Pass me the Brain Protector™.
Manchester University publish a magazine thing called “UniLife”. I unsubscribed from the print version because I find that sort of thing rather distracting, but I still read the online version. And the latest issue has an article (page ten, left column) entitled
Colour purple sees off Alzheimer’s
Well, that explains the new logo.
This struck me immediately as bullshit. Quack nutritionists have been extolling the virtues of brightly coloured fruit ever since that weekend when everyone thought anti-oxidants were really good for you, and whenever new research apparently confirms something that a quack just made up my default reaction is both scepticism and skepticism. Sometimes even skeptikism. But I read on.
Eating purple fruits such as blueberries and drinking green tea can help ward off diseases including Alzheimer’s, Multiple Sclerosis and Parkinson’s, a University of Manchester report claims.
Claims about more than one disease are another classic quack hallmark.
Ground-breaking research from Professor Douglas Kell has found that the majority of debilitating illnesses are in part caused by poorly-bound iron...
This is going to be about anti-oxidants, I thought, isn’t it?
...which causes the production of dangerous toxins that can react with the components of living systems.
“Toxins”? This article has more canards than Sarkozy’s duck island. It still may be totally legitimate, of course, but my finely-tuned bullshit-detection heuristics are all lighting up like the BBC switchboard after Jan Moir forgets to Sky+ something and assumes it must have been offensive.
In order to protect the body from these dangerous varieties of poorly-bound iron, it is vital to take on nutrients, known as iron chelators, which can bind the iron tightly.
This caught me off-guard. I was expecting anti-oxidants, and suddenly here are chelators. Chelation therapy is already an established form of quackery, and already touted to treat Alzheimer’s disease. It’s also very dangerous (in its more common, non fruit-based form).
I guess there must have been a press-release, because the same article appears word-for word on PhysOrg, with approving comments from a chelation quack, and on HealthNewsTrack. Byron J Richards’ Wellness Resources, a website that sets off more of my alarm bells than anything in UniLife ever could, has a copy of the article, adding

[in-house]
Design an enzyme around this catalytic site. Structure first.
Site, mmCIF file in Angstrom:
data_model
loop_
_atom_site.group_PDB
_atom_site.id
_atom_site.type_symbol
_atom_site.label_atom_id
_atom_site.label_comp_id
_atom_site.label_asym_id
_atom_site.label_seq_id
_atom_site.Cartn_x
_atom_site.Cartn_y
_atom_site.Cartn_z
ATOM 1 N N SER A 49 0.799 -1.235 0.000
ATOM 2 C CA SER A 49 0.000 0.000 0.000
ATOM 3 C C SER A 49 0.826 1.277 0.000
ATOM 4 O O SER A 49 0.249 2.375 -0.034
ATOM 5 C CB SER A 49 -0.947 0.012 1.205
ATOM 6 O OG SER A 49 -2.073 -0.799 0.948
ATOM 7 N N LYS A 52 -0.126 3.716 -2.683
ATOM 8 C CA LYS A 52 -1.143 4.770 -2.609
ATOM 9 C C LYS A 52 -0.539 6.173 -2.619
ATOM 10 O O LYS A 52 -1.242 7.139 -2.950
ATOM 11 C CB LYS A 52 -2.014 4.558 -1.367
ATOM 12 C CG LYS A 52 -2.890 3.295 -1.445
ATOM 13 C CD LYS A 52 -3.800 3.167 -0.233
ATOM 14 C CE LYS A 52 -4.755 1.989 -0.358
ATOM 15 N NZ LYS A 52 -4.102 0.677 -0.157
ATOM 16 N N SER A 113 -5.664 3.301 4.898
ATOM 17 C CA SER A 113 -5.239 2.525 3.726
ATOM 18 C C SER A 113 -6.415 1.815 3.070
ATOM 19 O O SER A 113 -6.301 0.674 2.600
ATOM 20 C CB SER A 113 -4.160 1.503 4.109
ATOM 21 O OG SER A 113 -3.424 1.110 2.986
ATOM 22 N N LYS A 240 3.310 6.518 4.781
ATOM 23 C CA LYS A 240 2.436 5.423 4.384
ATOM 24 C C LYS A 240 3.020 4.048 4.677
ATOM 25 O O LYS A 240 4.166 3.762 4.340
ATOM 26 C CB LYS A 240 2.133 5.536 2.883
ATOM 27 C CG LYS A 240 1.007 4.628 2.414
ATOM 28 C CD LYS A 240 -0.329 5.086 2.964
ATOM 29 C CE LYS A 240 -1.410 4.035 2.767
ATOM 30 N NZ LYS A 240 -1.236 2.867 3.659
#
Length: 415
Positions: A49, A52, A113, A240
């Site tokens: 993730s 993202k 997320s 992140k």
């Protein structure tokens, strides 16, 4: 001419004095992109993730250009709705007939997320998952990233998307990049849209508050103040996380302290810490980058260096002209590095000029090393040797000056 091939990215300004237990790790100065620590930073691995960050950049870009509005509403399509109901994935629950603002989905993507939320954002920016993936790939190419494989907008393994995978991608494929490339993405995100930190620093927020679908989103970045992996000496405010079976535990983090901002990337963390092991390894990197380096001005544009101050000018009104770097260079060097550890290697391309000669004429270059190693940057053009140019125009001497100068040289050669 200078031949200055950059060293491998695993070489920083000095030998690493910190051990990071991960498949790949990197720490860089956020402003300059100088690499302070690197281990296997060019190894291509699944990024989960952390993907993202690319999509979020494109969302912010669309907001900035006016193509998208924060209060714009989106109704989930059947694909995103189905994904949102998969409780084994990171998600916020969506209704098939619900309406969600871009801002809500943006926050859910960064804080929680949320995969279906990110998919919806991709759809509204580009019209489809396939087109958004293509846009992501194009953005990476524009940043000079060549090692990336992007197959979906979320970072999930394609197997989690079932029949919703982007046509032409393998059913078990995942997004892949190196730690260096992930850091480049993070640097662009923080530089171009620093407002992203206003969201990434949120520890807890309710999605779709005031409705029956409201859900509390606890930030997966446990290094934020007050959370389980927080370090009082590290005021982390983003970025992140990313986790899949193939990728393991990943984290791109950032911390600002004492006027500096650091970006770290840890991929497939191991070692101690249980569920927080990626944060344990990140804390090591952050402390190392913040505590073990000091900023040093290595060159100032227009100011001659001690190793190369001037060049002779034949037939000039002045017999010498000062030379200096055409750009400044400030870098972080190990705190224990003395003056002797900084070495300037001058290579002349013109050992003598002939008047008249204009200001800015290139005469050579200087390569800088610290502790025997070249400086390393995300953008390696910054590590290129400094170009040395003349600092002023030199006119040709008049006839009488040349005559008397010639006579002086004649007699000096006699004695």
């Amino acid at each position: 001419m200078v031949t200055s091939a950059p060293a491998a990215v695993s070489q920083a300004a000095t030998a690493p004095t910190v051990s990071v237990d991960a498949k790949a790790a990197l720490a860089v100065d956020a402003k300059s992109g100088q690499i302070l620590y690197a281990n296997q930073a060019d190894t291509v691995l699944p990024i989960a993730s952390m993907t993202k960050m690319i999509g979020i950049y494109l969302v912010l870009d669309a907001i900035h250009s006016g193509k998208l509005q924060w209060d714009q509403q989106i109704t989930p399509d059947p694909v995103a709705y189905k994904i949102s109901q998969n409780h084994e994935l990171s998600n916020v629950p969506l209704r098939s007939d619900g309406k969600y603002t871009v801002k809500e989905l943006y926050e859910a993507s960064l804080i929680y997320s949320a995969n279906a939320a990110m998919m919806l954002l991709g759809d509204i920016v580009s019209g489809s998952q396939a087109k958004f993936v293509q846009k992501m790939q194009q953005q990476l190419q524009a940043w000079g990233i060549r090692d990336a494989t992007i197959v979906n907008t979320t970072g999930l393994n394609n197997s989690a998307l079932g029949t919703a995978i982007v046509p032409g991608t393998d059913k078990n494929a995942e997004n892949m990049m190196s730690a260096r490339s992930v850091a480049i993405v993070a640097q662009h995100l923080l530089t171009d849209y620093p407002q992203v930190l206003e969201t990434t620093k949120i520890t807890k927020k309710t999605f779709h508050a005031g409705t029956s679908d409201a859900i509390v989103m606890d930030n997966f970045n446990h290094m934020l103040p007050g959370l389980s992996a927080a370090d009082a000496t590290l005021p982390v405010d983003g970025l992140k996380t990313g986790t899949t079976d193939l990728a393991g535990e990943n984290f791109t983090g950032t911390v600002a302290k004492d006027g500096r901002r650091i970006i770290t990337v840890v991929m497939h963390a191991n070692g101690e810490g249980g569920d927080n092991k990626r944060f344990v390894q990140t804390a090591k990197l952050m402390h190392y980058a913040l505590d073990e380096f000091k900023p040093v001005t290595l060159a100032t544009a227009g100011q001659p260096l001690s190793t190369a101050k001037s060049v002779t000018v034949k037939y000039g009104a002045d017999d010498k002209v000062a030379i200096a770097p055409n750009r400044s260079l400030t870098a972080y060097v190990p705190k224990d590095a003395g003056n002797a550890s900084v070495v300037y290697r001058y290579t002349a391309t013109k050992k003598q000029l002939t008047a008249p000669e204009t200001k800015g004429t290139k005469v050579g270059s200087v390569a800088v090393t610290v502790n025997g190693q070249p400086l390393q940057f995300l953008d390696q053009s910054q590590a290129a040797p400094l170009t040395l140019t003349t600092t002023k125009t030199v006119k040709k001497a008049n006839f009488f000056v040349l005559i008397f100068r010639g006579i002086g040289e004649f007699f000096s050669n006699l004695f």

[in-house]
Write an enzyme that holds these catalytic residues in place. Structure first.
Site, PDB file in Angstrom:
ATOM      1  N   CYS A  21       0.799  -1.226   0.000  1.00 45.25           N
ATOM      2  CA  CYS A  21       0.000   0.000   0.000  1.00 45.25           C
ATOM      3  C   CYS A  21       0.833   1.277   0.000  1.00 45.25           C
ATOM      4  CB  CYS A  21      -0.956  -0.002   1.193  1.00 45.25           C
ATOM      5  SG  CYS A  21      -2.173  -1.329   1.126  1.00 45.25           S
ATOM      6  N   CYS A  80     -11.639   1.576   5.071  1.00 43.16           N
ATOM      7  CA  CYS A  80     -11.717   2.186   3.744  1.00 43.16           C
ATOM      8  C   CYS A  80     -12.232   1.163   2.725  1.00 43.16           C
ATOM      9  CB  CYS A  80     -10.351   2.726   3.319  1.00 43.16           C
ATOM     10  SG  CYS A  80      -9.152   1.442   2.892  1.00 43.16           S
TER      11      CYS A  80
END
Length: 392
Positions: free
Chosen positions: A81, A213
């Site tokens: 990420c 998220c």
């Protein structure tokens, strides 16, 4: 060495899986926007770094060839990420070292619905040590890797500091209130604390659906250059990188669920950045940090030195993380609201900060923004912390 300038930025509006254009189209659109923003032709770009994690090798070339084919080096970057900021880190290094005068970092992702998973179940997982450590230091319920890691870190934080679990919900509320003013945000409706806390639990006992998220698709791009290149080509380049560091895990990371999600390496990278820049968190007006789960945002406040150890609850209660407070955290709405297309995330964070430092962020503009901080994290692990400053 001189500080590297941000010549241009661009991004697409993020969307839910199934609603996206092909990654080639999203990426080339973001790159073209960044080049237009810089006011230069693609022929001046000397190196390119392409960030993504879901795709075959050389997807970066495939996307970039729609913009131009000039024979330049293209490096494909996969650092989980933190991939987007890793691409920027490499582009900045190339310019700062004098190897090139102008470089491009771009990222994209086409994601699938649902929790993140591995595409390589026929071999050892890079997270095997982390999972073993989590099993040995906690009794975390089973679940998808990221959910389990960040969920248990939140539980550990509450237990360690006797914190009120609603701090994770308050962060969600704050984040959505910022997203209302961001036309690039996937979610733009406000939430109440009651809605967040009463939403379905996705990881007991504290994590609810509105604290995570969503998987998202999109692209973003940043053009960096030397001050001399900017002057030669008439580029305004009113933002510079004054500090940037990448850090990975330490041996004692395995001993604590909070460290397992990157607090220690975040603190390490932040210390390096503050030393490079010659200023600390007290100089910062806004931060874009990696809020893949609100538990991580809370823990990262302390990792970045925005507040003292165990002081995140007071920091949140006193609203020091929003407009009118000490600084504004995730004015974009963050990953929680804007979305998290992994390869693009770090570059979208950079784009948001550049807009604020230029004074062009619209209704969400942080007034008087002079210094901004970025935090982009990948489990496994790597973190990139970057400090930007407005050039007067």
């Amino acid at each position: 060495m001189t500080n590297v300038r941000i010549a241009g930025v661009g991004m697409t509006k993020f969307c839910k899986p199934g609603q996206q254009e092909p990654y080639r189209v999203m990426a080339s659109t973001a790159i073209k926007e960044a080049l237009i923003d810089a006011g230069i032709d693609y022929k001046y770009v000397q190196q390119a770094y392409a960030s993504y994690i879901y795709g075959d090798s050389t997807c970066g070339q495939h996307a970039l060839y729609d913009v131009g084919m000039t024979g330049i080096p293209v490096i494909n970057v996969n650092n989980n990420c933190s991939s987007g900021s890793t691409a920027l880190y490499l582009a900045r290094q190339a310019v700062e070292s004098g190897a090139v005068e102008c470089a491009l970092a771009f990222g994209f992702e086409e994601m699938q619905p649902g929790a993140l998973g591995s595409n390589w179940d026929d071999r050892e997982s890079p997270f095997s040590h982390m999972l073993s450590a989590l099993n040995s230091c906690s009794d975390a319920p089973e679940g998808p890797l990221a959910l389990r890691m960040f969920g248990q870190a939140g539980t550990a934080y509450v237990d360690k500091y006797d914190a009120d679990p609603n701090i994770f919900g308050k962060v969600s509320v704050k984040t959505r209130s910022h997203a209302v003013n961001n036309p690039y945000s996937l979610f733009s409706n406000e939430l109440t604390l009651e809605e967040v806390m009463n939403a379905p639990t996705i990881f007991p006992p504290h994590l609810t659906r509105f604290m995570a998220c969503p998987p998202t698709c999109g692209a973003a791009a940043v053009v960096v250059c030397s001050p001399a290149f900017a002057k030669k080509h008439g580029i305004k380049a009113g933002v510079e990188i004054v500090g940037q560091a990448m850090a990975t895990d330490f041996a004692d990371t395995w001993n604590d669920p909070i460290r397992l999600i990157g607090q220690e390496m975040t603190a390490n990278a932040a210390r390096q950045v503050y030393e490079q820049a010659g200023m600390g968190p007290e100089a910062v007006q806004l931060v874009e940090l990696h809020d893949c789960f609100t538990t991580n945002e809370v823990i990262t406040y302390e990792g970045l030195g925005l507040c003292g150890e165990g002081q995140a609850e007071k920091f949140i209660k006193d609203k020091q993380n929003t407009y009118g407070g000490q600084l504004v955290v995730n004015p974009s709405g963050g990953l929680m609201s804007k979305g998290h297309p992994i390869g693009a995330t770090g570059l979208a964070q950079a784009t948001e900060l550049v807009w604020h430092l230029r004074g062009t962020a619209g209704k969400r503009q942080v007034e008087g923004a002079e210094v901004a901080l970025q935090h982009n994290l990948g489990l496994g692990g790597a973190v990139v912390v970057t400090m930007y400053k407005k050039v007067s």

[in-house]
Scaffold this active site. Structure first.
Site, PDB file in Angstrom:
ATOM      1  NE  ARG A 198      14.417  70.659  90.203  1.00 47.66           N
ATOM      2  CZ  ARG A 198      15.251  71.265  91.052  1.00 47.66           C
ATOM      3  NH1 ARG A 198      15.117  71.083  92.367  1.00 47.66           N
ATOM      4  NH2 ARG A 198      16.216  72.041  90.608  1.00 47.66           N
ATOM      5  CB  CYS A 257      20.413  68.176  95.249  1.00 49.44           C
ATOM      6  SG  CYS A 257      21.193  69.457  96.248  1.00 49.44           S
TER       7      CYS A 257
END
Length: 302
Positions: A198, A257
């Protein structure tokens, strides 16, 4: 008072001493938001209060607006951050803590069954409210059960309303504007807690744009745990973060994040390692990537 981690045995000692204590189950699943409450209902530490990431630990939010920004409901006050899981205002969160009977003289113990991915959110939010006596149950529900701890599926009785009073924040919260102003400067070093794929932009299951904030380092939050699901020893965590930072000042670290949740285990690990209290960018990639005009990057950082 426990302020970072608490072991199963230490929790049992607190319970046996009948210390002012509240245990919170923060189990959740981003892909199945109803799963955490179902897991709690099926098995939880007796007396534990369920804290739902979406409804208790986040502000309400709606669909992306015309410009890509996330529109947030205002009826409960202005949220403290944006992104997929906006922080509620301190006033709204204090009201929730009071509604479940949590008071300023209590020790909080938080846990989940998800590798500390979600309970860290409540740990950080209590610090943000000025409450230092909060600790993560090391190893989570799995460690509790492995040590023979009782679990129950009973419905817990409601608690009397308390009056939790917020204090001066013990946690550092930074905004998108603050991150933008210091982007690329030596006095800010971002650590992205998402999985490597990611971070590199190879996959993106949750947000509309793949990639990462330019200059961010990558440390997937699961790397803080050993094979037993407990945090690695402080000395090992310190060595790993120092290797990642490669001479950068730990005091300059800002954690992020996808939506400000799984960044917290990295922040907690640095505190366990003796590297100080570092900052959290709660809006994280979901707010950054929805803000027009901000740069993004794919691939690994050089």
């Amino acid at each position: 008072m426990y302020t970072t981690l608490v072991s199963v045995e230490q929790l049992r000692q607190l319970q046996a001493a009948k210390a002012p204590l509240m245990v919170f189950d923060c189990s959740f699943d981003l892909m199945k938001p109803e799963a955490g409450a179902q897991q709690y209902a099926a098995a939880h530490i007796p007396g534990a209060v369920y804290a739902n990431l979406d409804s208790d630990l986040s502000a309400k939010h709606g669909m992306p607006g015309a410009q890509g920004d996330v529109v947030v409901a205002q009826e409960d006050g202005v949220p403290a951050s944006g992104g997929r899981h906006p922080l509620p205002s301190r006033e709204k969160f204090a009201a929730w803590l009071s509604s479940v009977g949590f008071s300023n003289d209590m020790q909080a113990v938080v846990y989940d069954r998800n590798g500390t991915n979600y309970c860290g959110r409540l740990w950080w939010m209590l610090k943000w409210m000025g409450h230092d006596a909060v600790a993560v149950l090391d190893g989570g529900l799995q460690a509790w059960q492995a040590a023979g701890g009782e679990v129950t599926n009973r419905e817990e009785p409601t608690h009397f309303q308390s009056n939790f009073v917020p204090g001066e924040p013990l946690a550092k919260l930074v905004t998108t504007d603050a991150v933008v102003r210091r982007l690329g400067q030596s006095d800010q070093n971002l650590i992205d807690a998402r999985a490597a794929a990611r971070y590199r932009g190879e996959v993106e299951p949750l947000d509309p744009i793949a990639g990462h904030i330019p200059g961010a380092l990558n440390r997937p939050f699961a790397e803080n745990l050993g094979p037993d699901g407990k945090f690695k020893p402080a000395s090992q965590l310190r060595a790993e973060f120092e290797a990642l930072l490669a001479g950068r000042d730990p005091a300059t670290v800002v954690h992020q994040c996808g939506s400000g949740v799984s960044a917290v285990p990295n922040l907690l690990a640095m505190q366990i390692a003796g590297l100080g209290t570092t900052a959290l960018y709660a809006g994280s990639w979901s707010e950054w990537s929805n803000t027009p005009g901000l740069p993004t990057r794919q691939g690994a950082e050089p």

I believe that Dr. Kell has hit upon a basic principle of health with far reaching application for prevention of diseases that are at epidemic levels. ... I have recently highlighted the importance of blueberries for the protection of your brain and this is another important angle on this issue.
Richards’ website also sells a $80/month dietary supplement called “Brain Protector™” which, he says, “contains key nutrients to enhance protection of the brain and nervous system. Includes blueberry and more!” Radio nutritionist and chiropractor Alan Pressman has also written about the article, in almost so glowing terms as those he reserves for Deepak Chopra. Apparently nobody that Google News indexes picked up the story.
UniLife didn’t link to the original research, but the version of the article on the chemistry department website did. It’s a review article. Well, two review articles. They’re both very long, and packed with something like two thousand references each (along with some weirdly amateurish diagrams, “figures” that are really just paragraphs of text, and dodgy-looking underlined sections, often including only the “anti” in “antioxidants” – journals really need to stop trusting scientists to format articles). I profess no knowledge at all about biochemistry, but I came away from them with the impression that yeah, maybe this was a process present in quite a few diseases, and if so then slowing it down could help a bit, but nothing that would justify the claims in the UniLife article. A review article – even two review articles – isn’t really “ground-breaking research” to me. It’s a way of pointing out a connection you’ve spotted. It hypothesises. It should be followed with a systematic review, a meta-analysis, to show if there is evidence for the hypothesis. A regular review has no explicit inclusion or exclusion criteria for the papers it cites, and shouldn’t be seen as an unbiased snapshot of the evidence.
I think promoting early research findings too heavily is a risky game, especially where there are already dangerous quacks trading on the same ideas. You can’t retract from these people – even after he was struck off, they still cling to Andrew Wakefield’s debunked and retracted ‘study’. I think the claims in this press release are hugely overblown, as is the overall impact of the research, and I think singling out Alzheimer’s disease in the headline misrepresents the original articles. And even if it’s a totally legitimate bit of well-conducted research discovering something genuinely novel and useful, writing it up in the form of cargo-cult quackery probably wasn’t a great idea.
So is this article proper research? I hardly even care. If it’s quackery, I’m appalled. But if genuine science is now indistinguishable from quackery even to seasoned veterans, well surely that’s even worse?